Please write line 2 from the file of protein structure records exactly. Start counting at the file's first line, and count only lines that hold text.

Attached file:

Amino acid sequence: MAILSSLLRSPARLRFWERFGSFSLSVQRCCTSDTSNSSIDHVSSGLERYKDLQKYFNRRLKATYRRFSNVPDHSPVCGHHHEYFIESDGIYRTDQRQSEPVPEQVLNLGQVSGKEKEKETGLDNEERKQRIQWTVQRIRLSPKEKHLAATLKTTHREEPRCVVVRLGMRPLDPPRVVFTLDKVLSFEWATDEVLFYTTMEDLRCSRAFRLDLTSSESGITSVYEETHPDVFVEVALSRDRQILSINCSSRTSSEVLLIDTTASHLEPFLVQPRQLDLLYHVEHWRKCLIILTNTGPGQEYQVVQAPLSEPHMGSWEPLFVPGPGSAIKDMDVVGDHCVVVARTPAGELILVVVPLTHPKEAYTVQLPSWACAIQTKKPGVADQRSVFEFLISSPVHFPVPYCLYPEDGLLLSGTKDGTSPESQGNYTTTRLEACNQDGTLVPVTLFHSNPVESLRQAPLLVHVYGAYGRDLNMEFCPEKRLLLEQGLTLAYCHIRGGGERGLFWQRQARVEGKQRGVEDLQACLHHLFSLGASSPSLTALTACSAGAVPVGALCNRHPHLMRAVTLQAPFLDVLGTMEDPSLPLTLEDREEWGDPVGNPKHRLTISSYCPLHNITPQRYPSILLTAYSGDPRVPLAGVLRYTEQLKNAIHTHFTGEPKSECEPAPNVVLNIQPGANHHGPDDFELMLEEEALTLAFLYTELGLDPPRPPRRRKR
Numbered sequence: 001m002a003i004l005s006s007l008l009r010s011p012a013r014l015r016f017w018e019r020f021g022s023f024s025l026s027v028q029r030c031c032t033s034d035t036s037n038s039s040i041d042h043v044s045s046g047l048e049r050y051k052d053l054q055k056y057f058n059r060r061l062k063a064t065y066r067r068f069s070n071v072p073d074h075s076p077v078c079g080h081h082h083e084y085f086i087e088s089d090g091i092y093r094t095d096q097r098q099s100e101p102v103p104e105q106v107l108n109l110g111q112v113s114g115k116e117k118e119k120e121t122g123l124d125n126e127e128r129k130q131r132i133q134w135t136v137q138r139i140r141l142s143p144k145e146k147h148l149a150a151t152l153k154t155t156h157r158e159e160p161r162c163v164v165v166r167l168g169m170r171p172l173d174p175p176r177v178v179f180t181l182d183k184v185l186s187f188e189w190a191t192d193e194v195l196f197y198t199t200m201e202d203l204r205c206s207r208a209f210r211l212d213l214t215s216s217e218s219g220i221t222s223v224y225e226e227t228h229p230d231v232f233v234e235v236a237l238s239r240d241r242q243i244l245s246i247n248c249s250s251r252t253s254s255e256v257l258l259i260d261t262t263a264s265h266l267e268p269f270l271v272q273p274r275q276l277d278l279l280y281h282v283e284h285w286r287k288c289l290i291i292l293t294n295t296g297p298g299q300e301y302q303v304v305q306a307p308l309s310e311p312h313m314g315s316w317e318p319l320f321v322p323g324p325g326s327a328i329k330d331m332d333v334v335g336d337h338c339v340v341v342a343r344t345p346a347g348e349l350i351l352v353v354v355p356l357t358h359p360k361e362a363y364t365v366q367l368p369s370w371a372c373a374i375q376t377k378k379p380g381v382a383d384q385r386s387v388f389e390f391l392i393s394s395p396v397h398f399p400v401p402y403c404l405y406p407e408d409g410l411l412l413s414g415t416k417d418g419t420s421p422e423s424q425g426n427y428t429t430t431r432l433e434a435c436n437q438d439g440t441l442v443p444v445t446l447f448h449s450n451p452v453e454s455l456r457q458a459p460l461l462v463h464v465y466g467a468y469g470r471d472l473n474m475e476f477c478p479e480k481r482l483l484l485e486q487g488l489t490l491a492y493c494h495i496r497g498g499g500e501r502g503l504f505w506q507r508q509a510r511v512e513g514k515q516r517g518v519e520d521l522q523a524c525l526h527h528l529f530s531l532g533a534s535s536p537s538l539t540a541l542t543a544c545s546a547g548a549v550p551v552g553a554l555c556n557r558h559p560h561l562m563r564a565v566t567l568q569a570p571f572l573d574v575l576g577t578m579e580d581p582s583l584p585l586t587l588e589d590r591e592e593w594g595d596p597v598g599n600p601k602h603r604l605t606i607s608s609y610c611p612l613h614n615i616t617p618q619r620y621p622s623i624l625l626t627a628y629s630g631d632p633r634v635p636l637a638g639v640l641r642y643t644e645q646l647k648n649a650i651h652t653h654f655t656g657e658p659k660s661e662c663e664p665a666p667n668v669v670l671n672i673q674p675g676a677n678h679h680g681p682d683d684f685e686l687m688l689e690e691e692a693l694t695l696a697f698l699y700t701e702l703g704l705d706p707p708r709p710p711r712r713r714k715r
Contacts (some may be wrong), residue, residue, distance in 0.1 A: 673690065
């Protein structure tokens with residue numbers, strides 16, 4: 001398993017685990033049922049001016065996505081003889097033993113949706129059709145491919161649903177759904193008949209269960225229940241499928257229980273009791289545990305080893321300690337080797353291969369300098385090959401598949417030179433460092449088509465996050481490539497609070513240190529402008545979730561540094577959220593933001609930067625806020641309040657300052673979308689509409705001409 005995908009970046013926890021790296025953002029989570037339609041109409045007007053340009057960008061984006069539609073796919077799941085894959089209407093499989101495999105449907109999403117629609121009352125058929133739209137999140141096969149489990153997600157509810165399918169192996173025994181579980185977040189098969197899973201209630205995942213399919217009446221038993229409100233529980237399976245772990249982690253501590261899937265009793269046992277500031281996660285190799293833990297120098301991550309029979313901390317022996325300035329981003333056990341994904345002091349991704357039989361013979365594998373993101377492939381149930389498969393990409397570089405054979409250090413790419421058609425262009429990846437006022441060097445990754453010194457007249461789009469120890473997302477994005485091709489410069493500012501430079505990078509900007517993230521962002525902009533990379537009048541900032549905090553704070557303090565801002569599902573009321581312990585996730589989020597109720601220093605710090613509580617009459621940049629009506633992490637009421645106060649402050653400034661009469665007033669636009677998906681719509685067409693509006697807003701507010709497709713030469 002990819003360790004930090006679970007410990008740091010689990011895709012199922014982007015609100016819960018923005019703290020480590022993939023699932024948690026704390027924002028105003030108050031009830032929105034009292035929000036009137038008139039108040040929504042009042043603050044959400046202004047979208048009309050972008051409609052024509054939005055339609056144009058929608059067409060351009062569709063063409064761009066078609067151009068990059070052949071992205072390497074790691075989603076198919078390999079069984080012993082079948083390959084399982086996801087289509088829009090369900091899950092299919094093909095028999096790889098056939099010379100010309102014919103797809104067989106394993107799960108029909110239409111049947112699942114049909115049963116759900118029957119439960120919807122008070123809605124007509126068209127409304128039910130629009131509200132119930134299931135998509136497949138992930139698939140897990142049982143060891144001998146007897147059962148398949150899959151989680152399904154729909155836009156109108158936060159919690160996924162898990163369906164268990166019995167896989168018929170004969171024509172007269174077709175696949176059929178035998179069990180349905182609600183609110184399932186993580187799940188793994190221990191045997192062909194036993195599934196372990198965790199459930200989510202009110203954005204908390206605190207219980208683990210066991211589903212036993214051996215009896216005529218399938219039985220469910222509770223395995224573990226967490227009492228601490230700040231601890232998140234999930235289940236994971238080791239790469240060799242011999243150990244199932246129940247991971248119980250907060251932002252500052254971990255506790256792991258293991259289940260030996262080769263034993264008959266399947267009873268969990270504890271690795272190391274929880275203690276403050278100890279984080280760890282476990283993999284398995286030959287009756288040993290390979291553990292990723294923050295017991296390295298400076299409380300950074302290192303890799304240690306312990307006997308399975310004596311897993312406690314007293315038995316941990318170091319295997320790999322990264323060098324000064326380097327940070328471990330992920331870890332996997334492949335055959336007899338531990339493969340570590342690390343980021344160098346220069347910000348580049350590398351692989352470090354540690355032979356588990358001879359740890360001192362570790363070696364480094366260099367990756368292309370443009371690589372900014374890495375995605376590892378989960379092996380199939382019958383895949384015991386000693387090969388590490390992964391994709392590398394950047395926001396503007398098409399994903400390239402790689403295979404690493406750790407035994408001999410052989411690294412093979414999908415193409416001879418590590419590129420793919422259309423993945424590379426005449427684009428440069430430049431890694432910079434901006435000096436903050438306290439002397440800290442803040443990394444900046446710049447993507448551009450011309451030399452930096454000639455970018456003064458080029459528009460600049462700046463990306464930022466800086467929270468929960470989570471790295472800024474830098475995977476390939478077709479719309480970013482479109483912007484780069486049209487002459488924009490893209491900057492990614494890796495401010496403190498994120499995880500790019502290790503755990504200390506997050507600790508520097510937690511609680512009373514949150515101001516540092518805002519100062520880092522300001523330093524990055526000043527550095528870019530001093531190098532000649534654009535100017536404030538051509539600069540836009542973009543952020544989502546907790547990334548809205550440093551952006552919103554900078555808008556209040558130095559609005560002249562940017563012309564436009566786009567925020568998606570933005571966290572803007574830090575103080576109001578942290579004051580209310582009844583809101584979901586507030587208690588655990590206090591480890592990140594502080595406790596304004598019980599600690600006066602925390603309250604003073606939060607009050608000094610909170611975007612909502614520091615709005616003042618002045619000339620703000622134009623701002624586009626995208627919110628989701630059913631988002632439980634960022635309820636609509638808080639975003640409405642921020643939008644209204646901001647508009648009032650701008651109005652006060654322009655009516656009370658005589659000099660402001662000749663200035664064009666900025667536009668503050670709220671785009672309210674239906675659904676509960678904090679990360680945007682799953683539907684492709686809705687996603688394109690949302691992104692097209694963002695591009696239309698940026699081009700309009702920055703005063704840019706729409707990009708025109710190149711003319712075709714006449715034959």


Numbered sequence: 001m002a003i004l005s006s007l008l009r010s011p012a013r014l015r016f017w018e019r020f021g022s023f024s025l026s027v028q029r030c031c032t033s034d035t036s037n038s039s040i041d042h043v044s045s046g047l048e049r050y051k052d053l054q055k056y057f058n059r060r061l062k063a064t065y066r067r068f069s070n071v072p073d074h075s076p077v078c079g080h081h082h083e084y085f086i087e088s089d090g091i092y093r094t095d096q097r098q099s100e101p102v103p104e105q106v107l108n109l110g111q112v113s114g115k116e117k118e119k120e121t122g123l124d125n126e127e128r129k130q131r132i133q134w135t136v137q138r139i140r141l142s143p144k145e146k147h148l149a150a151t152l153k154t155t156h157r158e159e160p161r162c163v164v165v166r167l168g169m170r171p172l173d174p175p176r177v178v179f180t181l182d183k184v185l186s187f188e189w190a191t192d193e194v195l196f197y198t199t200m201e202d203l204r205c206s207r208a209f210r211l212d213l214t215s216s217e218s219g220i221t222s223v224y225e226e227t228h229p230d231v232f233v234e235v236a237l238s239r240d241r242q243i244l245s246i247n248c249s250s251r252t253s254s255e256v257l258l259i260d261t262t263a264s265h266l267e268p269f270l271v272q273p274r275q276l277d278l279l280y281h282v283e284h285w286r287k288c289l290i291i292l293t294n295t296g297p298g299q300e301y302q303v304v305q306a307p308l309s310e311p312h313m314g315s316w317e318p319l320f321v322p323g324p325g326s327a328i329k330d331m332d333v334v335g336d337h338c339v340v341v342a343r344t345p346a347g348e349l350i351l352v353v354v355p356l357t358h359p360k361e362a363y364t365v366q367l368p369s370w371a372c373a374i375q376t377k378k379p380g381v382a383d384q385r386s387v388f389e390f391l392i393s394s395p396v397h398f399p400v401p402y403c404l405y406p407e408d409g410l411l412l413s414g415t416k417d418g419t420s421p422e423s424q425g426n427y428t429t430t431r432l433e434a435c436n437q438d439g440t441l442v443p444v445t446l447f448h449s450n451p452v453e454s455l456r457q458a459p460l461l462v463h464v465y466g467a468y469g470r471d472l473n474m475e476f477c478p479e480k481r482l483l484l485e486q487g488l489t490l491a492y493c494h495i496r497g498g499g500e501r502g503l504f505w506q507r508q509a510r511v512e513g514k515q516r517g518v519e520d521l522q523a524c525l526h527h528l529f530s531l532g533a534s535s536p537s538l539t540a541l542t543a544c545s546a547g548a549v550p551v552g553a554l555c556n557r558h559p560h561l562m563r564a565v566t567l568q569a570p571f572l573d574v575l576g577t578m579e580d581p582s583l584p585l586t587l588e589d590r591e592e593w594g595d596p597v598g599n600p601k602h603r604l605t606i607s608s609y610c611p612l613h614n615i616t617p618q619r620y621p622s623i624l625l626t627a628y629s630g631d632p633r634v635p636l637a638g639v640l641r642y643t644e645q646l647k648n649a650i651h652t653h654f655t656g657e658p659k660s661e662c663e664p665a666p667n668v669v670l671n672i673q674p675g676a677n678h679h680g681p682d683d684f685e686l687m688l689e690e691e692a693l694t695l696a697f698l699y700t701e702l703g704l705d706p707p708r709p710p711r712r713r714k715r